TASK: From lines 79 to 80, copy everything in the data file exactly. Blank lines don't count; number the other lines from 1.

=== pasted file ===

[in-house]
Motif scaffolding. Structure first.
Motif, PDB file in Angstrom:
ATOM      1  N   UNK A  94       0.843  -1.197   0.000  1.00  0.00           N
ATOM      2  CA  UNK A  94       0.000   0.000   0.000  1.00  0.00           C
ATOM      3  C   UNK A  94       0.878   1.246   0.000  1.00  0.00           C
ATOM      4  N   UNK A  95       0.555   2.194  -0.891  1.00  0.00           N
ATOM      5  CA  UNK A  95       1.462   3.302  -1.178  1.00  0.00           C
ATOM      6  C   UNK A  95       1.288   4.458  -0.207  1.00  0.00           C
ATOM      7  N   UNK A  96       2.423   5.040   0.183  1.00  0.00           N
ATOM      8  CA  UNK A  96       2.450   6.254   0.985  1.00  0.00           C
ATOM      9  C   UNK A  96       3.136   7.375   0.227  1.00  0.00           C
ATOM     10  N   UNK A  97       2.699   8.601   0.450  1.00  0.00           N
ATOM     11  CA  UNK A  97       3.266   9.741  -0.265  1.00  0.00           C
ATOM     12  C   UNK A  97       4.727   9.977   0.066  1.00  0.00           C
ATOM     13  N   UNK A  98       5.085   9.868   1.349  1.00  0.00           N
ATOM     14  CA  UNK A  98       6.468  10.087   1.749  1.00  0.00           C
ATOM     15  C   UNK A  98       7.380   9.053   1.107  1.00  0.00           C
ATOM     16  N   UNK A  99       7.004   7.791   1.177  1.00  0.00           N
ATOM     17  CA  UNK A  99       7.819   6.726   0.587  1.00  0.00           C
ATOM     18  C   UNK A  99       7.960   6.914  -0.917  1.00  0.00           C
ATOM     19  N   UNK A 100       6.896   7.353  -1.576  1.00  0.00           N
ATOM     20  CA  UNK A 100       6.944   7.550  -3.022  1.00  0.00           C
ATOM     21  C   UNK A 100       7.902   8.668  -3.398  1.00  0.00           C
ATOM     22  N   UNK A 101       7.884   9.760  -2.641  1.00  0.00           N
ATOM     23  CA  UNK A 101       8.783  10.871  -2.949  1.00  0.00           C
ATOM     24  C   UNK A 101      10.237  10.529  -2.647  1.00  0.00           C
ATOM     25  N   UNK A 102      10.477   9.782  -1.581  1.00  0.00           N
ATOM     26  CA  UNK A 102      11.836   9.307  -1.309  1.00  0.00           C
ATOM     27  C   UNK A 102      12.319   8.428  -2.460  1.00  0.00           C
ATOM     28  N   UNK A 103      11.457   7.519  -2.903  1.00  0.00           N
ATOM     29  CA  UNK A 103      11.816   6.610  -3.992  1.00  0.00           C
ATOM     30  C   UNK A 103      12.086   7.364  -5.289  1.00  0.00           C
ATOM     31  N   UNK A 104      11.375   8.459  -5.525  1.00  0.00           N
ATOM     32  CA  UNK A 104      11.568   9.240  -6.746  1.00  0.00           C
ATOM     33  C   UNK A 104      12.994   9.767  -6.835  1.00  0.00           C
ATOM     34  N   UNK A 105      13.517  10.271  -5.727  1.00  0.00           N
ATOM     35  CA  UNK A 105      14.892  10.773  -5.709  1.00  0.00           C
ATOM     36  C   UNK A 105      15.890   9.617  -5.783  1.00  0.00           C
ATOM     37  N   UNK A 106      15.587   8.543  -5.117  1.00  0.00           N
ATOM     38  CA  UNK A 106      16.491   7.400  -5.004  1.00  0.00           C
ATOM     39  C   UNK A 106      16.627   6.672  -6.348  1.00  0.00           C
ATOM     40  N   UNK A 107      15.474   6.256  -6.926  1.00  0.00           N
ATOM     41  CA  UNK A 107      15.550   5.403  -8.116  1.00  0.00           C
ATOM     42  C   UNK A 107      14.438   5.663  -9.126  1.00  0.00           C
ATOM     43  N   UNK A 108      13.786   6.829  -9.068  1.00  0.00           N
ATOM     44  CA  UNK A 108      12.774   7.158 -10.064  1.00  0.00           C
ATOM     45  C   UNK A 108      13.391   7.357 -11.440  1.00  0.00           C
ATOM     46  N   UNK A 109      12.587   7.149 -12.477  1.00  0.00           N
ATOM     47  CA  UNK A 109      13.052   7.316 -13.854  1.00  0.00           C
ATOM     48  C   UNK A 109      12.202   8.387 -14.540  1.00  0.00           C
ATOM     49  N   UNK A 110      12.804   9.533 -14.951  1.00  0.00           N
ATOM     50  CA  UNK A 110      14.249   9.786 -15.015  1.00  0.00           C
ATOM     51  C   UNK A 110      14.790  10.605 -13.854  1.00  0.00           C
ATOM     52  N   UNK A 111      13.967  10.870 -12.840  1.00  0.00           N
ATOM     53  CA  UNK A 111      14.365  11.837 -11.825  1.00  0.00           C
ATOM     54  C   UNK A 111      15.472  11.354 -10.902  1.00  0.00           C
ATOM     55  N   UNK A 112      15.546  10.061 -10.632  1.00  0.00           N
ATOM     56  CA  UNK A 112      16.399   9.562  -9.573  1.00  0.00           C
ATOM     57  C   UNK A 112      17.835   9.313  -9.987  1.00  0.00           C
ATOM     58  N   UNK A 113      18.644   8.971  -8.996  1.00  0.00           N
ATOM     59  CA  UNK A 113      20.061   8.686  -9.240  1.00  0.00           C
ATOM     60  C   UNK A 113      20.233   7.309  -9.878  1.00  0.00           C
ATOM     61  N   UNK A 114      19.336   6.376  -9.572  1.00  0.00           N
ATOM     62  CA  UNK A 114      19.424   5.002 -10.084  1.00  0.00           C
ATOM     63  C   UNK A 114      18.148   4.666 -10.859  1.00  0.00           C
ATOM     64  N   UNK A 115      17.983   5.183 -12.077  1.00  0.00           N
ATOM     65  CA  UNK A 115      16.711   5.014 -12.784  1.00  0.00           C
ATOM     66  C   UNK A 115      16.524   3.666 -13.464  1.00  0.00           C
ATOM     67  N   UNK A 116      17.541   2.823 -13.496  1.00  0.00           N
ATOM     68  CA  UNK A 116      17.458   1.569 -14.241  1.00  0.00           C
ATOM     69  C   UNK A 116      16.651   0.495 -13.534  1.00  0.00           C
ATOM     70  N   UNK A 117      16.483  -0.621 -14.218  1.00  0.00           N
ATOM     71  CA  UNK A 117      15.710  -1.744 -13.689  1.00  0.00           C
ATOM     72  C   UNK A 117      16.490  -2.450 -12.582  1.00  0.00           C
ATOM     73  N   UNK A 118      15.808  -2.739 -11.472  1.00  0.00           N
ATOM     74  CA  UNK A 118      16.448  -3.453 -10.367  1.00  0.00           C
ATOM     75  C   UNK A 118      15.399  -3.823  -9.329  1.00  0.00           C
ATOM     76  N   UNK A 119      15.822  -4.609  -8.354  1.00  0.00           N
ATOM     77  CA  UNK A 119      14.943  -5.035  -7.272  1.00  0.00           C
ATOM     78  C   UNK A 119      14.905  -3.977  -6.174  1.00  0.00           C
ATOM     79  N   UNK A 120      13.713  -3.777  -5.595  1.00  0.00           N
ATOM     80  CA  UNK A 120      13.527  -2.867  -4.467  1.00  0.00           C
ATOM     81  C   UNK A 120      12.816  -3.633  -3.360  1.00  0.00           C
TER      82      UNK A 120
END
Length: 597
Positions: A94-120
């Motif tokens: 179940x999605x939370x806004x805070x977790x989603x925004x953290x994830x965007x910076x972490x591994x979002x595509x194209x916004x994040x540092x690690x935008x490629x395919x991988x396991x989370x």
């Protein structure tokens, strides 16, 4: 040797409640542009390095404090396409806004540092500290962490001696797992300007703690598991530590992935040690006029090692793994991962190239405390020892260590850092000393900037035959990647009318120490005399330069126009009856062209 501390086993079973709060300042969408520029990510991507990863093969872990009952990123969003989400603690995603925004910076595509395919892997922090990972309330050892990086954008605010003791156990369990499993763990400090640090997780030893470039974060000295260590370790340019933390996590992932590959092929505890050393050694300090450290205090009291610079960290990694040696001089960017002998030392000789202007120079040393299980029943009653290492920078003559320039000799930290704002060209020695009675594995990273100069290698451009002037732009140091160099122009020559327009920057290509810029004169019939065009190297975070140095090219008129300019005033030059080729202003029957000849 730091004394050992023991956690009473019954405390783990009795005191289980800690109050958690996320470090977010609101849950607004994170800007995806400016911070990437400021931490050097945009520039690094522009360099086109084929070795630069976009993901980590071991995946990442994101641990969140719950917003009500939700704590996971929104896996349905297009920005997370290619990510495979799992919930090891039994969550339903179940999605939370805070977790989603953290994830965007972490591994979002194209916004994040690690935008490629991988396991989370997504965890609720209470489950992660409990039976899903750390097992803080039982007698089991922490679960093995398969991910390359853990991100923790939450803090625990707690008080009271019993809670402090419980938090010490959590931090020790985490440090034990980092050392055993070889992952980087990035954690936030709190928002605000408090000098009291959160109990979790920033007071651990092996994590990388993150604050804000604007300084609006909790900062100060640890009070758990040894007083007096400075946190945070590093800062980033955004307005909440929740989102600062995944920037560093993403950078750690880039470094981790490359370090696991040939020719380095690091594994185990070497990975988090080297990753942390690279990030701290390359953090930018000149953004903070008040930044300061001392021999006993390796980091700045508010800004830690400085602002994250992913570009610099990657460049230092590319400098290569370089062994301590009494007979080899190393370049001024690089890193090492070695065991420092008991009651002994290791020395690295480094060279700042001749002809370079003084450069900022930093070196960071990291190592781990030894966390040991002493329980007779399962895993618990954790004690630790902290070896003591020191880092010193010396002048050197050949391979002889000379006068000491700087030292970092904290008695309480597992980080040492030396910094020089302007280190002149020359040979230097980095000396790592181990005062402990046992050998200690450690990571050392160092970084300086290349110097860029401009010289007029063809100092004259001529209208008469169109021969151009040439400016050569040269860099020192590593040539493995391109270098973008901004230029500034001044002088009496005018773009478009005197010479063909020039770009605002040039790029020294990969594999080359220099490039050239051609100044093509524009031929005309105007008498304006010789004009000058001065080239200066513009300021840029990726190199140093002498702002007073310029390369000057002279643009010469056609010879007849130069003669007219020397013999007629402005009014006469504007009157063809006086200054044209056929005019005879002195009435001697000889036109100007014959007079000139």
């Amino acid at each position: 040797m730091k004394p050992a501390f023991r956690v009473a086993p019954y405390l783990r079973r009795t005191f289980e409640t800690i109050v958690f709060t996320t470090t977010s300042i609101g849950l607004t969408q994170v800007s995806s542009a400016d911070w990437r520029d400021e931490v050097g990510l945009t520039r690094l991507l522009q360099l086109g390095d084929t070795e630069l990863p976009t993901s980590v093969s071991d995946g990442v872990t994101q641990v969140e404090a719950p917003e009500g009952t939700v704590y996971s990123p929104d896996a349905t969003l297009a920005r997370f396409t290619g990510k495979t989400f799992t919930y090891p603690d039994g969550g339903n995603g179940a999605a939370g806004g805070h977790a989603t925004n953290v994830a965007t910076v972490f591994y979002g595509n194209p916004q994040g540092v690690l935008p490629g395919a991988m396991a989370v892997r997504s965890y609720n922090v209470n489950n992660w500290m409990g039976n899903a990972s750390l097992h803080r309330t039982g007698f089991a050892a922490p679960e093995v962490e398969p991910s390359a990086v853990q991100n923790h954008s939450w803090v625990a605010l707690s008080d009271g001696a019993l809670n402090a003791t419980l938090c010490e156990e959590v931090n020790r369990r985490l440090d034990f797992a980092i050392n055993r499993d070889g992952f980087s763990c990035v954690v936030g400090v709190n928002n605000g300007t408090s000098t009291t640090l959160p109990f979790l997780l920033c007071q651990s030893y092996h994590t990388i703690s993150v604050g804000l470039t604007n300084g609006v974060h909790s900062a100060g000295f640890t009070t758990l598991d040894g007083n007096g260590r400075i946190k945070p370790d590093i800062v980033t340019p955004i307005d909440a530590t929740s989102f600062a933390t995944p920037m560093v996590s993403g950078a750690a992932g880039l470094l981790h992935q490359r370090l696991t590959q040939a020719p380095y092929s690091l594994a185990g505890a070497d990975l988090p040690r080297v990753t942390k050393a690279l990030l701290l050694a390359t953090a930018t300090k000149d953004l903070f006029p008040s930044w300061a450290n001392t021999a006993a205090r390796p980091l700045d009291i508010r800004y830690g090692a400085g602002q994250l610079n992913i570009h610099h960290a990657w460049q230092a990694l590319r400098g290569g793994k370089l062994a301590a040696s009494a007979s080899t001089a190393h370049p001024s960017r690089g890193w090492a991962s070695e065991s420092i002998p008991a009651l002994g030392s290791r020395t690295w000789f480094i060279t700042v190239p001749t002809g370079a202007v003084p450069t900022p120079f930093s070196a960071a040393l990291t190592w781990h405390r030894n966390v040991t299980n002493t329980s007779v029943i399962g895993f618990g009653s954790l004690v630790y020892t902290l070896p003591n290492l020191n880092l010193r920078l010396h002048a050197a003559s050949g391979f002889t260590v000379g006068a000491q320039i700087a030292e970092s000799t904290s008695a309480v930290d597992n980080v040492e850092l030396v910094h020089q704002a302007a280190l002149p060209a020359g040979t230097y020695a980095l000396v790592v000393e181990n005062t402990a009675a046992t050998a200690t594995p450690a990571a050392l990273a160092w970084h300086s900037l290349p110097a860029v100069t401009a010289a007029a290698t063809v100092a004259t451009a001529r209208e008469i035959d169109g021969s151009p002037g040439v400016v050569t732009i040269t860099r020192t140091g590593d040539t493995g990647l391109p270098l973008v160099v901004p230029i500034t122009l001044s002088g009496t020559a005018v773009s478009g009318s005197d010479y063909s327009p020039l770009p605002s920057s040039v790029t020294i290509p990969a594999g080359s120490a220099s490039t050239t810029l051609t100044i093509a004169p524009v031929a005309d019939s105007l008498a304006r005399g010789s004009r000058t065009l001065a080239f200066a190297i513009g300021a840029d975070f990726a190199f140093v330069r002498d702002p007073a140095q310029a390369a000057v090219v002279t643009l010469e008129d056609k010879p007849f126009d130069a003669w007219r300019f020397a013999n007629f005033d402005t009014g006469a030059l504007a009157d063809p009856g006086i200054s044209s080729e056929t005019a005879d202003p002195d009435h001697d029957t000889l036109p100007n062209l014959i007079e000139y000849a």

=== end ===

ATOM     76  N   UNK A 119      15.822  -4.609  -8.354  1.00  0.00           N
ATOM     77  CA  UNK A 119      14.943  -5.035  -7.272  1.00  0.00           C